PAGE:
We are delighted that our application to list Sir Denys Lasdun’s IBM building has been approved and are hopeful that the ‘heavy-handed’ redevelopment plans which would have caused ‘serious harm’ to the setting of the neighbouring National Theatre will now be sensitively redrawn.
Welcoming Historic England’s decision to refuse an application for a Certificate of Immunity and to list the building at Grade II, the C20 Society’s Senior Caseworker Grace Etherington said: “We are thrilled and relieved at this decision. Our concerns about the scheme had largely been ignored, so we’re glad that there is now further weight behind our argument that the building’s massing and areas of detailing at street level should not be compromised. The listing decision coincides with widespread uncertainty about the future of office design in light of the coronavirus pandemic, with commonplace features such as dependence on mechanical ventilation and hot-desking now under scrutiny. The time is right for AHMM to go back to the drawing board.”
Historic England gave the following principal reasons for the designation:
In its letter of objection to a COI, Etherington wrote: “The Society considers that long views of the exposed riverfront site and the relationship between the IBM building and the National Theatre demand the highest level of attention from a conservation perspective, and our concerns therefore focus on the changes to the building’s northern elevation and the broader skyline. In our view the proposals would cause a serious level of harm to the significance of the Grade II* listed National Theatre through impact on its setting, and further unjustified harm would be inflicted on the significance of the IBM building.”
The plans from architects AHMM involves a high level of demolition of original fabric and diverting from Lasdun’s intended vision for the building. Internal lightwells are proposed to be filled in, curtain glazing replaced, and the rooftop plant enclosures and two storey section of the building that projects towards the river completely demolished. The biggest aspect of change is the proposed rooftop extension, which would be predominantly located on the eastern side of the building and topped with a new group of plant enclosures clad in metal mesh.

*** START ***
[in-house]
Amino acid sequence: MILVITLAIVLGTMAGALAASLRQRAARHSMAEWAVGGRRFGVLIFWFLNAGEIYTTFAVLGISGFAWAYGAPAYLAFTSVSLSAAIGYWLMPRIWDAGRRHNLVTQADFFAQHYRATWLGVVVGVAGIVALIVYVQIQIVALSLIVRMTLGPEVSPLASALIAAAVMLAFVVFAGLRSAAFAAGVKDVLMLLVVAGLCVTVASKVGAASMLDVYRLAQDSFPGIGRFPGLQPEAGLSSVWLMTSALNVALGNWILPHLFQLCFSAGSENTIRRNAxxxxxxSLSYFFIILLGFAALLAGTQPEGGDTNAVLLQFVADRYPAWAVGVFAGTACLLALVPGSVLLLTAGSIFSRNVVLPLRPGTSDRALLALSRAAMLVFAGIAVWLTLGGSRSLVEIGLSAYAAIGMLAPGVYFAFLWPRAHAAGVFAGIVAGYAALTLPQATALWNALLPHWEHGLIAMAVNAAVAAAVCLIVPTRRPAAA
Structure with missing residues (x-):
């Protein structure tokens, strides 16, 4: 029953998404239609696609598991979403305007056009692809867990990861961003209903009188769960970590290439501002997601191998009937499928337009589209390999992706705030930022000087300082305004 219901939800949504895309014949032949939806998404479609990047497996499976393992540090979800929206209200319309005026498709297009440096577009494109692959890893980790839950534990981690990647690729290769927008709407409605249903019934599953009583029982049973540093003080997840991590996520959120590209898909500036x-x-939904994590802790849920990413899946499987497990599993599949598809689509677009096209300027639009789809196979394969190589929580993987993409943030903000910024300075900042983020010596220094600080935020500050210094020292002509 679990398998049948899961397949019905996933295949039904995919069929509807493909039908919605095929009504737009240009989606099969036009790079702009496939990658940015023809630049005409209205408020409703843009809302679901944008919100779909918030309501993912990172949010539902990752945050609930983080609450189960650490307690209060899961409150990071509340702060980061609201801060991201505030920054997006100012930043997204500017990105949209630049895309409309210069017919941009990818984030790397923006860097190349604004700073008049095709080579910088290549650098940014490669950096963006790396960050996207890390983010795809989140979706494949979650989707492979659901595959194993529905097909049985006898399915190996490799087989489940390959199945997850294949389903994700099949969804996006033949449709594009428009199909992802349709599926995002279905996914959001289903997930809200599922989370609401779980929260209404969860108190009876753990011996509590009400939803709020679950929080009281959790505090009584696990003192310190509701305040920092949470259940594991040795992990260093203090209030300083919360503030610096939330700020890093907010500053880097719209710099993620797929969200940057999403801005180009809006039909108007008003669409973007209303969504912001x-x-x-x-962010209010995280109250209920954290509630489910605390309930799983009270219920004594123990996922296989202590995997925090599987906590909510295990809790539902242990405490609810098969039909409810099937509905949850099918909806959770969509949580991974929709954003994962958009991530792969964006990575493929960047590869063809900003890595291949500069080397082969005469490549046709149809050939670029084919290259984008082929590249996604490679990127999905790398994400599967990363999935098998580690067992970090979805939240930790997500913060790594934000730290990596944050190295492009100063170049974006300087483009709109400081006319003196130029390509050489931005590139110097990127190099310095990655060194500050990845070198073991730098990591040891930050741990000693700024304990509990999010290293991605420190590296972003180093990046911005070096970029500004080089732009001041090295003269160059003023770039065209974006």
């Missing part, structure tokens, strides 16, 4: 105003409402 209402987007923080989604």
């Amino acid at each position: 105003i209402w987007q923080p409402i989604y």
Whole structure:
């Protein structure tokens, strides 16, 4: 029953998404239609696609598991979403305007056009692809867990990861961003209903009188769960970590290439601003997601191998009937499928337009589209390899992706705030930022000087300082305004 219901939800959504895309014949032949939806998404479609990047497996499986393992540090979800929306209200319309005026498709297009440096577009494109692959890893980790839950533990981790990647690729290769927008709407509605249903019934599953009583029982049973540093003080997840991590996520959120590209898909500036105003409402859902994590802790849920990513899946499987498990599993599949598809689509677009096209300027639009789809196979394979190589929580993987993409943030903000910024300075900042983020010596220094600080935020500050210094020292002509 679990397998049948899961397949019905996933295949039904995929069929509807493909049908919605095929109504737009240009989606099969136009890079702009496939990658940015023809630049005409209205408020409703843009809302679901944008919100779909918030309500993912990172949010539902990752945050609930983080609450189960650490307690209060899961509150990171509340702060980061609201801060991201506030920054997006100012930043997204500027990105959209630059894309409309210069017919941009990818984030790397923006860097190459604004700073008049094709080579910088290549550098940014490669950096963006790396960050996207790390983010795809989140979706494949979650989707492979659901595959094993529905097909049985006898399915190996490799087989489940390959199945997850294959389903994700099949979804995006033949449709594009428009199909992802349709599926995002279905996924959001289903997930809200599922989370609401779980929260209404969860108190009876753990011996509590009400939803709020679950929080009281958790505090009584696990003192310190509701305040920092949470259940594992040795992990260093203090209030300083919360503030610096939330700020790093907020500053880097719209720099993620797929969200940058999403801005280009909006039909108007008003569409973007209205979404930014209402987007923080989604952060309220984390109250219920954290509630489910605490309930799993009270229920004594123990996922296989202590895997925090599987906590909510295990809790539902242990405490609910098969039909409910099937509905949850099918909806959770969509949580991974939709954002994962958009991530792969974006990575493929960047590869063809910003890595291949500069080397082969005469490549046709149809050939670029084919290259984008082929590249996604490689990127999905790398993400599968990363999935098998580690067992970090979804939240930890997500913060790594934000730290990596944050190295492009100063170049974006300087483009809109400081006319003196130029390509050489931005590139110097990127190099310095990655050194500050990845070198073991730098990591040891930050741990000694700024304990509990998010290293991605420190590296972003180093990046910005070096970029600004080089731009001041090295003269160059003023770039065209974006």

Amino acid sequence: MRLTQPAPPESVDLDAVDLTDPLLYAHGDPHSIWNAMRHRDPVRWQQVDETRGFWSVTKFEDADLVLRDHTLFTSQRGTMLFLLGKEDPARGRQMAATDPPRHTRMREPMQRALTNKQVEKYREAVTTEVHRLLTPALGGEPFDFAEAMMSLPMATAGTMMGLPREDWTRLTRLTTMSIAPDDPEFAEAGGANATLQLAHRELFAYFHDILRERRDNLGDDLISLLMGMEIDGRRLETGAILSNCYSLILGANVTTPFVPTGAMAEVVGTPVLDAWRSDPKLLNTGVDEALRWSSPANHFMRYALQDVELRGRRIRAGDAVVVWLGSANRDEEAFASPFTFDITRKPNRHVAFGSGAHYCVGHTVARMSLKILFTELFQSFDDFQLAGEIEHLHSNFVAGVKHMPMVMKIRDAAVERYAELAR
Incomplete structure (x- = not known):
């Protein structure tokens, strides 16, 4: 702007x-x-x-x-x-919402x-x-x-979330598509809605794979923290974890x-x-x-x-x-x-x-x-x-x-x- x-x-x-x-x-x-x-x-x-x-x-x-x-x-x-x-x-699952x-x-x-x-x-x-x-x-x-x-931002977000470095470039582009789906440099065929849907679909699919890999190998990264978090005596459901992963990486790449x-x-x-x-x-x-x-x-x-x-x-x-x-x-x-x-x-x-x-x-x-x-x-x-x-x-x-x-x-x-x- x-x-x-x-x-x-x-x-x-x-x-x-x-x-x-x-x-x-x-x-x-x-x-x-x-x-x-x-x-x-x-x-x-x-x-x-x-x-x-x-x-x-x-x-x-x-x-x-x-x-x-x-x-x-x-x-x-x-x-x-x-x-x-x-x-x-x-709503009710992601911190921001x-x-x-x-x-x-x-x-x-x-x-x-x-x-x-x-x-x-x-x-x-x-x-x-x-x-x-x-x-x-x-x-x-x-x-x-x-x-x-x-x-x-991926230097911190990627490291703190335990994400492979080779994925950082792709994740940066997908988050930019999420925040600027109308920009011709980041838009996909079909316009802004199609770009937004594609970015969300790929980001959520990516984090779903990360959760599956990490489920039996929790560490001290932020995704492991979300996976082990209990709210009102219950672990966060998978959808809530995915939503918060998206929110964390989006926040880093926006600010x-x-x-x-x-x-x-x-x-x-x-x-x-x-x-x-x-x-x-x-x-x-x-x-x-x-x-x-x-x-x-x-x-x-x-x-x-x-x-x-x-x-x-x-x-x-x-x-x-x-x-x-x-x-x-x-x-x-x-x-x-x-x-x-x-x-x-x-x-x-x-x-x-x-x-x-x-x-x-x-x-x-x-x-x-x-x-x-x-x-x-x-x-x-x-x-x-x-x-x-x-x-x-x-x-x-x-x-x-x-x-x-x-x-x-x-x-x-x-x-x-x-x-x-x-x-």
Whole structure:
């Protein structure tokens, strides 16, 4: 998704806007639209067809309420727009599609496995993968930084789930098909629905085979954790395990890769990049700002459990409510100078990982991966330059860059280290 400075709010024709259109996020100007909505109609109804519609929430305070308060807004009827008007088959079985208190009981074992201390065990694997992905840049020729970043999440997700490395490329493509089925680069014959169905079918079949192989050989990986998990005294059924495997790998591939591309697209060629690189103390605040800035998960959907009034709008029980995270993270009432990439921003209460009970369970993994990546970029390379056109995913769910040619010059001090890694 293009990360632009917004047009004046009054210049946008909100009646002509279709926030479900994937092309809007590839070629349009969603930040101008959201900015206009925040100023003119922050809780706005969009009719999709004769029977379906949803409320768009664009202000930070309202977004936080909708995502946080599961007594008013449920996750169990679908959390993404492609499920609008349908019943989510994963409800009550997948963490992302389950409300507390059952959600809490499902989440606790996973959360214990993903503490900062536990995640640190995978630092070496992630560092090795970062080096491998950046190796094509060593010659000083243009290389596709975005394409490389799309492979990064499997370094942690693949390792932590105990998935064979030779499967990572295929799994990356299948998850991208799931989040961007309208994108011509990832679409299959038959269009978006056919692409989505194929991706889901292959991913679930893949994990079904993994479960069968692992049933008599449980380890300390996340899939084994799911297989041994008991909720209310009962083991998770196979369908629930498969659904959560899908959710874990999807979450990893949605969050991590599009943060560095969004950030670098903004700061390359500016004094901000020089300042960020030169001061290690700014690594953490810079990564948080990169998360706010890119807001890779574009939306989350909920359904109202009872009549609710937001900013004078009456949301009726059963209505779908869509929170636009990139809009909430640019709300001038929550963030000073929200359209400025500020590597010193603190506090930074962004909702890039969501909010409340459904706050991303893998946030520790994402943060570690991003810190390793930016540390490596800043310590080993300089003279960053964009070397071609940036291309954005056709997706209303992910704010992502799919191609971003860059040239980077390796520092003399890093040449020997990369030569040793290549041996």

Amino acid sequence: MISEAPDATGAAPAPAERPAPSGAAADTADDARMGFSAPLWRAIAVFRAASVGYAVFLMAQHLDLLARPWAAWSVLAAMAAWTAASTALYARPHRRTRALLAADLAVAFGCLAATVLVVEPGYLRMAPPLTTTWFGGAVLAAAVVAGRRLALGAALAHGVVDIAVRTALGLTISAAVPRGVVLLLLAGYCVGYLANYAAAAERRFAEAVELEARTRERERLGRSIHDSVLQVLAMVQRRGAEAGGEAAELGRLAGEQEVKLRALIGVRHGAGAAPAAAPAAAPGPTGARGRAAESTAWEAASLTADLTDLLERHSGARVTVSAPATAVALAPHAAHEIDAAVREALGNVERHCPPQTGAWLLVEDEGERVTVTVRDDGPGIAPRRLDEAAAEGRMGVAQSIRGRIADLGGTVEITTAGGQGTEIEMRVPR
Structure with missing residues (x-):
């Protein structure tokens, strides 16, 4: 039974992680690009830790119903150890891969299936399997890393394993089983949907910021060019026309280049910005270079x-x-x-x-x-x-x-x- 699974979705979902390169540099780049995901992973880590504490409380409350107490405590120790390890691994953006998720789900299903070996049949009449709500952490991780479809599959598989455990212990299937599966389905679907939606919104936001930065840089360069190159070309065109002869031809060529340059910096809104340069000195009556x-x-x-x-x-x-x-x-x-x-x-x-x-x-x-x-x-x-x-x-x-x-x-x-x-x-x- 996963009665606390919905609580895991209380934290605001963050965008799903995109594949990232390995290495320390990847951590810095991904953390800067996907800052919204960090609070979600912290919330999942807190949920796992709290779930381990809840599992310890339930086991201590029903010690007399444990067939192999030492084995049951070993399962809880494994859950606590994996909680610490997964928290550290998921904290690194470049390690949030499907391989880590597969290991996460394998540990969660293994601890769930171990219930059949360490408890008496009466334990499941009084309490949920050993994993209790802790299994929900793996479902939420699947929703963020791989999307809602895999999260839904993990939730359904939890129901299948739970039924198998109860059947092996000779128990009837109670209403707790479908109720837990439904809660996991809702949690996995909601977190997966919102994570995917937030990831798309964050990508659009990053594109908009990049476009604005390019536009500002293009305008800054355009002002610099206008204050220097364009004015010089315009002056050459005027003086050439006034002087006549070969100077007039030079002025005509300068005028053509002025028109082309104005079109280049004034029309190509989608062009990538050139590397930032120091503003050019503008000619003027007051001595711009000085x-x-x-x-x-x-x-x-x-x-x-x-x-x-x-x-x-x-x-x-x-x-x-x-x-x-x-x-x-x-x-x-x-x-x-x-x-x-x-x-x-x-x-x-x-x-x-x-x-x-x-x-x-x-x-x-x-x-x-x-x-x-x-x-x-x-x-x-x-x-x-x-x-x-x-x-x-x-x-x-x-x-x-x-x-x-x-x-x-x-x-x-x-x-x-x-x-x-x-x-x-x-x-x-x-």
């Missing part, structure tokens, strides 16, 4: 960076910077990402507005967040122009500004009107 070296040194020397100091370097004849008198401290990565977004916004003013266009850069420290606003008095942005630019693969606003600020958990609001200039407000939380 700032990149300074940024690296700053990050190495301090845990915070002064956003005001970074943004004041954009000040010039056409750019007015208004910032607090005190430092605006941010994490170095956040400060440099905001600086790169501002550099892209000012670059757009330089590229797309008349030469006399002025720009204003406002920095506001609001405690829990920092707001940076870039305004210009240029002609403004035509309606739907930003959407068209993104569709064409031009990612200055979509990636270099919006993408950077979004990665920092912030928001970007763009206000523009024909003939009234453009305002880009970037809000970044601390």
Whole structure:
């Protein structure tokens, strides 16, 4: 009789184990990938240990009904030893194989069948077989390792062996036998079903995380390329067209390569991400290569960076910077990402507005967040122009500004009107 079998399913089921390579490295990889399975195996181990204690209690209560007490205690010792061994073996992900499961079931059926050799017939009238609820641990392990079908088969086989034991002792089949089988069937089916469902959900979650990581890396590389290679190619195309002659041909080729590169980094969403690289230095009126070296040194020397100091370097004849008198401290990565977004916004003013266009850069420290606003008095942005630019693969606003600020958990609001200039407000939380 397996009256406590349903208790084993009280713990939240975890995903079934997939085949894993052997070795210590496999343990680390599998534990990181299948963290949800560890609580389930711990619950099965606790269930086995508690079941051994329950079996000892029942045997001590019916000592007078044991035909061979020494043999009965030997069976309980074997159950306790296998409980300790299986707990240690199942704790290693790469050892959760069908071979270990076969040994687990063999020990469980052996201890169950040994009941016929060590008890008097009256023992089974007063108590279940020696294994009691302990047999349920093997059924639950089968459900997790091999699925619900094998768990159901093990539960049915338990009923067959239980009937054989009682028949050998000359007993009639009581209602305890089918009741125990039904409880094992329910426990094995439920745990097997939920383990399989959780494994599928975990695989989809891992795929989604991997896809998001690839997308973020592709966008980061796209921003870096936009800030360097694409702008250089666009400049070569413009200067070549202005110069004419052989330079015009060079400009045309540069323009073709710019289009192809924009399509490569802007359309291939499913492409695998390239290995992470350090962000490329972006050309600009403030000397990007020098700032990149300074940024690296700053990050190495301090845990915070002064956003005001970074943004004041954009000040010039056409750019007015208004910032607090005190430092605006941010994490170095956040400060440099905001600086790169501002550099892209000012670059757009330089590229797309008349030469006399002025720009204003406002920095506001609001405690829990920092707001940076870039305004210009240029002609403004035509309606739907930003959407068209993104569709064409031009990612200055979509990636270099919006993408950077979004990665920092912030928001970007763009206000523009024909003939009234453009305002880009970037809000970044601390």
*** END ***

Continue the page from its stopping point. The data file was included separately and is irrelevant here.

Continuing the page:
The Society’s response to pre-application consultation criticised AHMM’s ‘heavy-handed” “approach and the lack of regard which had been afforded to preserving design features crafted by Lasdun to create a harmonious and respectful relationship between the IBM building and the NT. C20 said it was disappointed that most of its recommendations were not adopted prior to full planning submission, thus missing the opportunity to sensitively refurbish the building and sustain its architectural significance.
In general terms, C20 considers the scale of the proposed extension to be too big. The IBM building was deliberately designed as a low-key neighbour to the NT, and in C20’s view the proposed increase in size would destroy the subservience the IBM building displays towards the adjacent NT.
The IBM building (originally the firm’s Marketing Centre) was designed and built (1980-83) primarily with its relationship to the National Theatre (1969-76) in mind. The NT was originally conceived as one of a pair of buildings, and the IBM building can be considered a ‘ghost’ of the Opera House that was never built.
The IBM building is a deliberately subservient neighbour to the National Theatre, and views of the two buildings from the Thames, northern embankment and Waterloo Bridge best display the pair’s relationship and combined sculptural quality. Lasdun particularly focused on the composition of the scale of NT and IBM as one form, comparing it to Somerset House across the river. The height of the IBM building office floors was deliberately limited to sit around the same height as the roof of the NT’s terraces, creating a plinth upon which the plant enclosures and fly towers stand as statements in the skyline.
The Society’s case for listing was supported by lots of evidence from Lasdun’s archive, part of the RIBA Drawings collection held at the V&A, and the positive outcome is a testament to the importance of archives and public access to collections.